Recently in Albania, three people were arrested as they tried to enter a former arms factory. The intruders from Russia and Ukraine said that they were bloggers and liked to photograph old buildings.
People who have seen too many James Bond movies are now arrogantly thinking: “Oh please, you could have come up with a better excuse!”
But I, as a world- and Balkan-experienced blogger myself, understand that this may well be true. On Mount Vrmac in Montenegro, I once met two young Russians who graciously allowed me to join them on their exploration of a military fortress. (Okay, one of the two I really suspected to be a spy, but for a different reason. More about this in the report of said trip.)
Along the coast of Montenegro, probably the most beautiful coast in Europe, there are dozens of these fortresses, all abandoned by now. They predate World War I, when Austria was still a maritime power and sought to protect its bays, harbors, and ships in the Adriatic. (Ironically, the end of Austria as a naval power began in the bay of Kotor in 1918, but that is another story, yet to be told.)
Because Montenegro is a laid-back, friendly country with responsible people, no one needs to cordon off these bunkers, tunnels, and munitions piles or put up signs yelling “No Trespassing!” at you in a rude voice. In the spirit of man’s emergence from self-imposed nonage, one simply decides for oneself through which entrances and exits to emerge and submerge.
As far as I have seen, these military installations have always been built with meter-thick walls, so they can’t really collapse. Hence, for your next family vacation in Montenegro, you can keep in mind that they are perfectly safe playgrounds for the kids.
Speaking of family holidays: When I lived in Montenegro, my brother and my mother visited me. (Every family is happy when at least one member leaves the capitalism rat race behind and becomes a vagabond, so they can visit me in a different country every year.)
And back then, I happened upon a story that shows how easily the curiosity of tourists can be misinterpreted as espionage. After all, it is quite natural to have an interest in ruins, abandoned airfields and military installations, isn’t it?
In any case, we were driving along the coast when, on Luštica peninsula, I spotted yet another one of those Austrian fortresses. I suggested that we take a look at the ruins and go explore them. My brother was excited, my mother was not. She prefers botanical gardens, coffee shops and bookstores. And at the time, she urgently wanted to be taken to a hospital.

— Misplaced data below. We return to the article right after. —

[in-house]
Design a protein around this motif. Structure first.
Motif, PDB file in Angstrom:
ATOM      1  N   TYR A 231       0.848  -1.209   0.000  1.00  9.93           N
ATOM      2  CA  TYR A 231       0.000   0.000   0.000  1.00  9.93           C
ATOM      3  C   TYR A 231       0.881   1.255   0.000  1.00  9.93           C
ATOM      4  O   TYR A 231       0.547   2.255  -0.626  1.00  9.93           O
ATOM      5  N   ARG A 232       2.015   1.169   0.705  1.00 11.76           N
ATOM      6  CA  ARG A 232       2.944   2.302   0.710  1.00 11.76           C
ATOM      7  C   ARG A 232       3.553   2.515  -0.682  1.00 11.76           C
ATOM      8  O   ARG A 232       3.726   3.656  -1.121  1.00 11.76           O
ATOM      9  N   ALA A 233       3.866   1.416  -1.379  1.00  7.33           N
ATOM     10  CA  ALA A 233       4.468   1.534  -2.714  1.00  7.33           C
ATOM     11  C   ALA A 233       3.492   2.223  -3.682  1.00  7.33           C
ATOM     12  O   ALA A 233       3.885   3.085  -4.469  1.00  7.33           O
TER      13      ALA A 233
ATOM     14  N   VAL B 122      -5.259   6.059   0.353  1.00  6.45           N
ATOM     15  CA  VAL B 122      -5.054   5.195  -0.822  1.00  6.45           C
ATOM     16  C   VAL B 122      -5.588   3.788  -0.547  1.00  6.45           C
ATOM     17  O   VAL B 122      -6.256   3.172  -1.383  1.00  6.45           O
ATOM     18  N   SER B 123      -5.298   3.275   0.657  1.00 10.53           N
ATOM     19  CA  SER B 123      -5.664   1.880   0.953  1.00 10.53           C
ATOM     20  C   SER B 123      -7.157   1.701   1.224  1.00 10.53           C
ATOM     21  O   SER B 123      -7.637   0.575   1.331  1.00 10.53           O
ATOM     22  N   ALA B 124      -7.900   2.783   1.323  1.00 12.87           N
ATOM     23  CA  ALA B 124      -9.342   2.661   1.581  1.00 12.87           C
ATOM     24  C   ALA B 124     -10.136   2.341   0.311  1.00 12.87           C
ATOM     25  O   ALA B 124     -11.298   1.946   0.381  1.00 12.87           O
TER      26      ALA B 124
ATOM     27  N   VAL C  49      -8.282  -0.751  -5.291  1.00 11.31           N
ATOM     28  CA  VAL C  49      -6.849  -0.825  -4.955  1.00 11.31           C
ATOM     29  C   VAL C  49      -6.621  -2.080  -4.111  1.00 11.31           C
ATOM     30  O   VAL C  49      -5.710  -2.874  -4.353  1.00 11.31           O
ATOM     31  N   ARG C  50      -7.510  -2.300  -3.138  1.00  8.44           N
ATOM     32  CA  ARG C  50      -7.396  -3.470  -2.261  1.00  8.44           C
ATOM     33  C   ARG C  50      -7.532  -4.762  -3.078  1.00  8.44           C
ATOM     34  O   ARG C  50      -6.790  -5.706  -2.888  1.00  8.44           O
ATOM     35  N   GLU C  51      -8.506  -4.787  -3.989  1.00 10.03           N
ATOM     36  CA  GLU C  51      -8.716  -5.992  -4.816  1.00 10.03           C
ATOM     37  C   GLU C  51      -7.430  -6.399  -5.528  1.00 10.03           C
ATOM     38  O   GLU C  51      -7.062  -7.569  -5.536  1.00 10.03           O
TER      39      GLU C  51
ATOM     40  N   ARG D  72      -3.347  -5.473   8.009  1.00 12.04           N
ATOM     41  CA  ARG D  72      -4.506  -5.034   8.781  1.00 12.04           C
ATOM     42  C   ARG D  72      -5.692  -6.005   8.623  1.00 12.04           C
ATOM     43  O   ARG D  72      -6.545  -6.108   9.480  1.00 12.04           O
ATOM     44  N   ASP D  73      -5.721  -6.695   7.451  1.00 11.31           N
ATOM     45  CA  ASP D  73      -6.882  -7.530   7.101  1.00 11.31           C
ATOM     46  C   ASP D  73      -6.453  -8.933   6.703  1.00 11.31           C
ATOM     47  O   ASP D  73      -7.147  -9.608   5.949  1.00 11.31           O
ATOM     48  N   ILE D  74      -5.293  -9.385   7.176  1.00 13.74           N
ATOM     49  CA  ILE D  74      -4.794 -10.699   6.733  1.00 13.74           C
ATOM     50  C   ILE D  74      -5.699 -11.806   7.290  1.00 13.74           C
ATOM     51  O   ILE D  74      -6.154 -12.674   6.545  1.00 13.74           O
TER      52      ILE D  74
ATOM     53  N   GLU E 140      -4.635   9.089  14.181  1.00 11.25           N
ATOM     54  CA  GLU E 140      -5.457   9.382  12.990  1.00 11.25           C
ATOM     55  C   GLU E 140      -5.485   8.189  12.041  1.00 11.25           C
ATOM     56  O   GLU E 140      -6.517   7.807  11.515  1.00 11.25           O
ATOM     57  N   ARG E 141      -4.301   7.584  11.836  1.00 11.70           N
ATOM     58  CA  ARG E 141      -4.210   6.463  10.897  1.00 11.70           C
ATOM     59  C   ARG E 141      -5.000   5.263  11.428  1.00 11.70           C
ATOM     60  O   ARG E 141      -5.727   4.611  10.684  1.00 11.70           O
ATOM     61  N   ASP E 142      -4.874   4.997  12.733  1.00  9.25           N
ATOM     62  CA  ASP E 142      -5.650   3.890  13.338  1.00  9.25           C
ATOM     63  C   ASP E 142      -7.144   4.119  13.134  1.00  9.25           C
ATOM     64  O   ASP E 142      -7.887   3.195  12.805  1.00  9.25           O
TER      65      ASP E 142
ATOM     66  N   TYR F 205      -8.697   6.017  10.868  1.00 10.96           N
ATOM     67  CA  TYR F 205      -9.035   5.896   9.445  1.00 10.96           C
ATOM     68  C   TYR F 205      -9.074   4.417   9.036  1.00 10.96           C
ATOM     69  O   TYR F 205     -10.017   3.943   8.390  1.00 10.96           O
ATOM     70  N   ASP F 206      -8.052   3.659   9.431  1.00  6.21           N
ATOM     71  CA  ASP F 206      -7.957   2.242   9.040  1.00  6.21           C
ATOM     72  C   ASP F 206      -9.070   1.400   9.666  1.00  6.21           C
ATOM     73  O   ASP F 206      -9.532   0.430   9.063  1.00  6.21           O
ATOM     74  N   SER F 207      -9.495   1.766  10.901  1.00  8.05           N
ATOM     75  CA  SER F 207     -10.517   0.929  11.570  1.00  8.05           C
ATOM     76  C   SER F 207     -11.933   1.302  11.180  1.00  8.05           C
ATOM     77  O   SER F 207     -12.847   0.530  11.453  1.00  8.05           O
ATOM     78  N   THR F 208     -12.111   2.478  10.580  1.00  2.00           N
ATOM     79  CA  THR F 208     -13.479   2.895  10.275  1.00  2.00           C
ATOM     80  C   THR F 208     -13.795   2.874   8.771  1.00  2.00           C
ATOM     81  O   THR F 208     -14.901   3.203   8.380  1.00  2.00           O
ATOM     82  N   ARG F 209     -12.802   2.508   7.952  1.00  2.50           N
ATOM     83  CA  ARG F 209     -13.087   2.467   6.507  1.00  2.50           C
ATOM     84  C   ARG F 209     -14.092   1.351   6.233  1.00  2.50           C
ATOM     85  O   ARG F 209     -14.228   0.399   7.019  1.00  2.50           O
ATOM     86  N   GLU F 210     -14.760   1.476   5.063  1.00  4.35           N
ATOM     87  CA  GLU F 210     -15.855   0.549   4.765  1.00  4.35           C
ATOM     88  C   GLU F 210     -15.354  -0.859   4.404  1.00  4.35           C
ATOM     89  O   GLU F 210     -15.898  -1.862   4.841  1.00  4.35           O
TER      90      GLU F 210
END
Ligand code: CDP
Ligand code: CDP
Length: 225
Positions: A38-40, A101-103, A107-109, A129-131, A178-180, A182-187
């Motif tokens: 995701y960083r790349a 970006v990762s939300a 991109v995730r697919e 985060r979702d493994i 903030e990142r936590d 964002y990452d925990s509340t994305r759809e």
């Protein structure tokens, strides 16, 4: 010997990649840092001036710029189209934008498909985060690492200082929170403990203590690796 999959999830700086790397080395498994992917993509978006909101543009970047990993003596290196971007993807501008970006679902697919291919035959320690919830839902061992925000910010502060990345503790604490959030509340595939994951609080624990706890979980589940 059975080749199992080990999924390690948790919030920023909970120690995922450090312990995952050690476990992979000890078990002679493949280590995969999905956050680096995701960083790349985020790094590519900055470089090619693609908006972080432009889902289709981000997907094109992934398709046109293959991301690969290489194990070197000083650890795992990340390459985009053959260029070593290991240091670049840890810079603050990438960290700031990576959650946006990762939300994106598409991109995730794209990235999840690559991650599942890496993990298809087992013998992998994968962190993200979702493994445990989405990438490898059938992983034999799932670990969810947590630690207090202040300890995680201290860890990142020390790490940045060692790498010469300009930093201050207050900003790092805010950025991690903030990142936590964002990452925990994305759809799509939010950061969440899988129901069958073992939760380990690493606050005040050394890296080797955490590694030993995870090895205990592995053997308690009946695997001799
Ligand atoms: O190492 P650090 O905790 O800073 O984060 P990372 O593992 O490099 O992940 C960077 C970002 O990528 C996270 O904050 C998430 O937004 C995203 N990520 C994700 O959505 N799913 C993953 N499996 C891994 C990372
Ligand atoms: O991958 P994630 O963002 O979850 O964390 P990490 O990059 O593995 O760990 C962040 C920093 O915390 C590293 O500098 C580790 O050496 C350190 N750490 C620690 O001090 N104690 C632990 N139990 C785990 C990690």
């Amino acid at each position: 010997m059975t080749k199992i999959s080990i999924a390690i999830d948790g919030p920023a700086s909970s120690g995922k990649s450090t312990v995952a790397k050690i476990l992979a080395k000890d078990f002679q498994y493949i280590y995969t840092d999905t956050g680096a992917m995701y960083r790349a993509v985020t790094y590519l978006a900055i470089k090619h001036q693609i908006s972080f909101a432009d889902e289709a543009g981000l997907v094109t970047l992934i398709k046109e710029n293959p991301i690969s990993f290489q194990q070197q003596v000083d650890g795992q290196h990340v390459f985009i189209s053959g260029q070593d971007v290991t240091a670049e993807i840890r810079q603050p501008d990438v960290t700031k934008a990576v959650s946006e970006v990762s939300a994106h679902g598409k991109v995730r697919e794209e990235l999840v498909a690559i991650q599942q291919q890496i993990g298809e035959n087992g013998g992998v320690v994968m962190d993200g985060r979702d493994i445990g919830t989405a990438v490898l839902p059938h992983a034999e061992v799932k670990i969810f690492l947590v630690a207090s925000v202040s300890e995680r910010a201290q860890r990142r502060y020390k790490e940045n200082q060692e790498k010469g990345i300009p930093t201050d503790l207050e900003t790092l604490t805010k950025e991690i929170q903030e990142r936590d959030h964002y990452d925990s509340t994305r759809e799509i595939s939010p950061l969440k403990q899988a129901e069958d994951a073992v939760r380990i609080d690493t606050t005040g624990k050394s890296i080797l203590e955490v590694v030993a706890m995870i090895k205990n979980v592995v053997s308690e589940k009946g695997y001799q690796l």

Now, in democracy, two votes are more than one, so we decided that mom would have to wait just a little while, so that my brother could finally explore a Habsburg fortress from all sides and angles. It was raining cats and dogs, so my mom didn’t want to get out of the car. Ever thoughtful, I parked the car so that it was just in front of the cliff, with a perfect view of the stormy sea and the raging thunderstorm. That way, she wouldn’t be bored, I thought. I also left her a book, which anyone would admit is the pinnacle of thoughtfulness.
“We will only be gone for 15 minutes.”
My brother and I explored the fortress, climbed around a bit and took photos. These fortresses are all similar, probably built after the same model, planned far away in Vienna. But this one on Luštica peninsula had something which I hadn’t seen before: a shaft leading down into the depth of the fortress. Very deep down. So deep that we could not see the bottom.
Inside this shaft was a metal ladder. It looked pretty sturdy. Besides, there were two of us, so one could go ahead. If he didn’t make it back, the other one could still call for help. My brother is more tech-savvy than me and even had a flashlight with him.
Because I’m heavier, I was the first one to descend. If the ladder could support me, it would also support him. It’s hard to estimate how deep down it went, but it took a few minutes to reach the bottom. There, I found dead rats and, even more shocking, dead moles.